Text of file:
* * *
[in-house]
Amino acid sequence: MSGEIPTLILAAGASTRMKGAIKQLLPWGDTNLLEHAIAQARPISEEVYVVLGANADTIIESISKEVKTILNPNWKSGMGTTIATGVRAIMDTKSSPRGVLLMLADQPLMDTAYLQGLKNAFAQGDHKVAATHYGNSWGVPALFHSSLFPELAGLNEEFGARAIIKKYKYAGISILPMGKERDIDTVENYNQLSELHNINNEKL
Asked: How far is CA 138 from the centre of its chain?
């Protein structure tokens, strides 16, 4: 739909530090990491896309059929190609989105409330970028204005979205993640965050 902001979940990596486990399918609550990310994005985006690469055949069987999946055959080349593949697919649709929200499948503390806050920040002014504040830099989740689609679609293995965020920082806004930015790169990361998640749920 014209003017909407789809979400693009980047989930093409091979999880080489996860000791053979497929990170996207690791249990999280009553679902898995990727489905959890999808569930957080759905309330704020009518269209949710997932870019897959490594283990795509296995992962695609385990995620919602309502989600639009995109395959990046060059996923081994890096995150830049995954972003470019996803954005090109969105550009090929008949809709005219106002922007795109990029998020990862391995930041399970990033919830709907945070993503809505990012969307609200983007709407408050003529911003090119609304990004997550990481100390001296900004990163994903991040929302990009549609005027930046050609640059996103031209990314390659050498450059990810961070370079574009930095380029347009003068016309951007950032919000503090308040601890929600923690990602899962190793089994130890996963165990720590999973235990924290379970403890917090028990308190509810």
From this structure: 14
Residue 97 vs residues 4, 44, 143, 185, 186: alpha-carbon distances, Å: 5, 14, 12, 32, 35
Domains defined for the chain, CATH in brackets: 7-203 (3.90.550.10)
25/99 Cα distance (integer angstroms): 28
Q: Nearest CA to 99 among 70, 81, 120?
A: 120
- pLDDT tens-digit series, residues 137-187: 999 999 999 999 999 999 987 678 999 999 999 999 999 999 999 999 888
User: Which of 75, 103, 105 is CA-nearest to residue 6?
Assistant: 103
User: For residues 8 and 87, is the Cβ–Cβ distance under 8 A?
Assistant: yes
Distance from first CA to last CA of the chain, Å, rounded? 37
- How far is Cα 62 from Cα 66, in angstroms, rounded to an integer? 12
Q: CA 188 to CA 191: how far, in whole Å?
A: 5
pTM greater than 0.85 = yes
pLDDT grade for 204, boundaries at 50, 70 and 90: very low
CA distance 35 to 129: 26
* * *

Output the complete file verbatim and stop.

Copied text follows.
[in-house]
Amino acid sequence: MSGEIPTLILAAGASTRMKGAIKQLLPWGDTNLLEHAIAQARPISEEVYVVLGANADTIIESISKEVKTILNPNWKSGMGTTIATGVRAIMDTKSSPRGVLLMLADQPLMDTAYLQGLKNAFAQGDHKVAATHYGNSWGVPALFHSSLFPELAGLNEEFGARAIIKKYKYAGISILPMGKERDIDTVENYNQLSELHNINNEKL
Asked: How far is CA 138 from the centre of its chain?
């Protein structure tokens, strides 16, 4: 739909530090990491896309059929190609989105409330970028204005979205993640965050 902001979940990596486990399918609550990310994005985006690469055949069987999946055959080349593949697919649709929200499948503390806050920040002014504040830099989740689609679609293995965020920082806004930015790169990361998640749920 014209003017909407789809979400693009980047989930093409091979999880080489996860000791053979497929990170996207690791249990999280009553679902898995990727489905959890999808569930957080759905309330704020009518269209949710997932870019897959490594283990795509296995992962695609385990995620919602309502989600639009995109395959990046060059996923081994890096995150830049995954972003470019996803954005090109969105550009090929008949809709005219106002922007795109990029998020990862391995930041399970990033919830709907945070993503809505990012969307609200983007709407408050003529911003090119609304990004997550990481100390001296900004990163994903991040929302990009549609005027930046050609640059996103031209990314390659050498450059990810961070370079574009930095380029347009003068016309951007950032919000503090308040601890929600923690990602899962190793089994130890996963165990720590999973235990924290379970403890917090028990308190509810």
From this structure: 14
Residue 97 vs residues 4, 44, 143, 185, 186: alpha-carbon distances, Å: 5, 14, 12, 32, 35
Domains defined for the chain, CATH in brackets: 7-203 (3.90.550.10)
25/99 Cα distance (integer angstroms): 28
Q: Nearest CA to 99 among 70, 81, 120?
A: 120
- pLDDT tens-digit series, residues 137-187: 999 999 999 999 999 999 987 678 999 999 999 999 999 999 999 999 888
User: Which of 75, 103, 105 is CA-nearest to residue 6?
Assistant: 103
User: For residues 8 and 87, is the Cβ–Cβ distance under 8 A?
Assistant: yes
Distance from first CA to last CA of the chain, Å, rounded? 37
- How far is Cα 62 from Cα 66, in angstroms, rounded to an integer? 12
Q: CA 188 to CA 191: how far, in whole Å?
A: 5
pTM greater than 0.85 = yes
pLDDT grade for 204, boundaries at 50, 70 and 90: very low
CA distance 35 to 129: 26